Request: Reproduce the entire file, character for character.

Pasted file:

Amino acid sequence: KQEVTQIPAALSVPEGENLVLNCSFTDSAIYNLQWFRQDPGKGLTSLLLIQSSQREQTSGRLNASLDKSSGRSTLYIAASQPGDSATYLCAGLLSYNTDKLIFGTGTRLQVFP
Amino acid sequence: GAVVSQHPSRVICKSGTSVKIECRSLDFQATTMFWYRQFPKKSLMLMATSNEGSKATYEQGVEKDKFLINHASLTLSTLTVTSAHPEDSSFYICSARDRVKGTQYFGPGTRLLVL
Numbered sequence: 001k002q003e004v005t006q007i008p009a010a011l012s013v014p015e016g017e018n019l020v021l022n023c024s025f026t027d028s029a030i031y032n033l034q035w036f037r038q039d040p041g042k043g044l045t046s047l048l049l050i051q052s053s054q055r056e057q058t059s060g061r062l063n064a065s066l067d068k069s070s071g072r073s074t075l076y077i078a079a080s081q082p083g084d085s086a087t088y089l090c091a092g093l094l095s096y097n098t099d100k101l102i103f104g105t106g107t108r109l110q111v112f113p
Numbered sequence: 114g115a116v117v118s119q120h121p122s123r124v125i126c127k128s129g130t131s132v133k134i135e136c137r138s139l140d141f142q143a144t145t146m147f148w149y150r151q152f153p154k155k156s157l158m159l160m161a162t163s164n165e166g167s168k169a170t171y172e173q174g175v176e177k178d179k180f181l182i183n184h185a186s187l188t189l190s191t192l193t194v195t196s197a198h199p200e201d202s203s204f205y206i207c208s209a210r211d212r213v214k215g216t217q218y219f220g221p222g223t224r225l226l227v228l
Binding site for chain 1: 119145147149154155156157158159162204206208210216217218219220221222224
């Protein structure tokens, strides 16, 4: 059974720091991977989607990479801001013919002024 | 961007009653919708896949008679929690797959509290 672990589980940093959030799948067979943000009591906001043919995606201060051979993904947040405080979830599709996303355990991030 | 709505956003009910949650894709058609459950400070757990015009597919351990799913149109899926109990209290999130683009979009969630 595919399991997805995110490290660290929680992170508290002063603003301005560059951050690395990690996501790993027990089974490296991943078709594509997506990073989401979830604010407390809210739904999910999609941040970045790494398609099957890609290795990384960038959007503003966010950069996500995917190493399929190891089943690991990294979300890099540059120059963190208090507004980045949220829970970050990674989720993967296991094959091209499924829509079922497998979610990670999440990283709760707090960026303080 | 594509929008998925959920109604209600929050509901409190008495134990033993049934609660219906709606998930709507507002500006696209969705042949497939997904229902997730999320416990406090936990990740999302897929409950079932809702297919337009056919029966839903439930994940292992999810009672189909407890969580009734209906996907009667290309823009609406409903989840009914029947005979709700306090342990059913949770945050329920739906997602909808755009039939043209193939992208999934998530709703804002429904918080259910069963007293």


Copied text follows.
Amino acid sequence: KQEVTQIPAALSVPEGENLVLNCSFTDSAIYNLQWFRQDPGKGLTSLLLIQSSQREQTSGRLNASLDKSSGRSTLYIAASQPGDSATYLCAGLLSYNTDKLIFGTGTRLQVFP
Amino acid sequence: GAVVSQHPSRVICKSGTSVKIECRSLDFQATTMFWYRQFPKKSLMLMATSNEGSKATYEQGVEKDKFLINHASLTLSTLTVTSAHPEDSSFYICSARDRVKGTQYFGPGTRLLVL
Numbered sequence: 001k002q003e004v005t006q007i008p009a010a011l012s013v014p015e016g017e018n019l020v021l022n023c024s025f026t027d028s029a030i031y032n033l034q035w036f037r038q039d040p041g042k043g044l045t046s047l048l049l050i051q052s053s054q055r056e057q058t059s060g061r062l063n064a065s066l067d068k069s070s071g072r073s074t075l076y077i078a079a080s081q082p083g084d085s086a087t088y089l090c091a092g093l094l095s096y097n098t099d100k101l102i103f104g105t106g107t108r109l110q111v112f113p
Numbered sequence: 114g115a116v117v118s119q120h121p122s123r124v125i126c127k128s129g130t131s132v133k134i135e136c137r138s139l140d141f142q143a144t145t146m147f148w149y150r151q152f153p154k155k156s157l158m159l160m161a162t163s164n165e166g167s168k169a170t171y172e173q174g175v176e177k178d179k180f181l182i183n184h185a186s187l188t189l190s191t192l193t194v195t196s197a198h199p200e201d202s203s204f205y206i207c208s209a210r211d212r213v214k215g216t217q218y219f220g221p222g223t224r225l226l227v228l
Binding site for chain 1: 119145147149154155156157158159162204206208210216217218219220221222224
């Protein structure tokens, strides 16, 4: 059974720091991977989607990479801001013919002024 | 961007009653919708896949008679929690797959509290 672990589980940093959030799948067979943000009591906001043919995606201060051979993904947040405080979830599709996303355990991030 | 709505956003009910949650894709058609459950400070757990015009597919351990799913149109899926109990209290999130683009979009969630 595919399991997805995110490290660290929680992170508290002063603003301005560059951050690395990690996501790993027990089974490296991943078709594509997506990073989401979830604010407390809210739904999910999609941040970045790494398609099957890609290795990384960038959007503003966010950069996500995917190493399929190891089943690991990294979300890099540059120059963190208090507004980045949220829970970050990674989720993967296991094959091209499924829509079922497998979610990670999440990283709760707090960026303080 | 594509929008998925959920109604209600929050509901409190008495134990033993049934609660219906709606998930709507507002500006696209969705042949497939997904229902997730999320416990406090936990990740999302897929409950079932809702297919337009056919029966839903439930994940292992999810009672189909407890969580009734209906996907009667290309823009609406409903989840009914029947005979709700306090342990059913949770945050329920739906997602909808755009039939043209193939992208999934998530709703804002429904918080259910069963007293």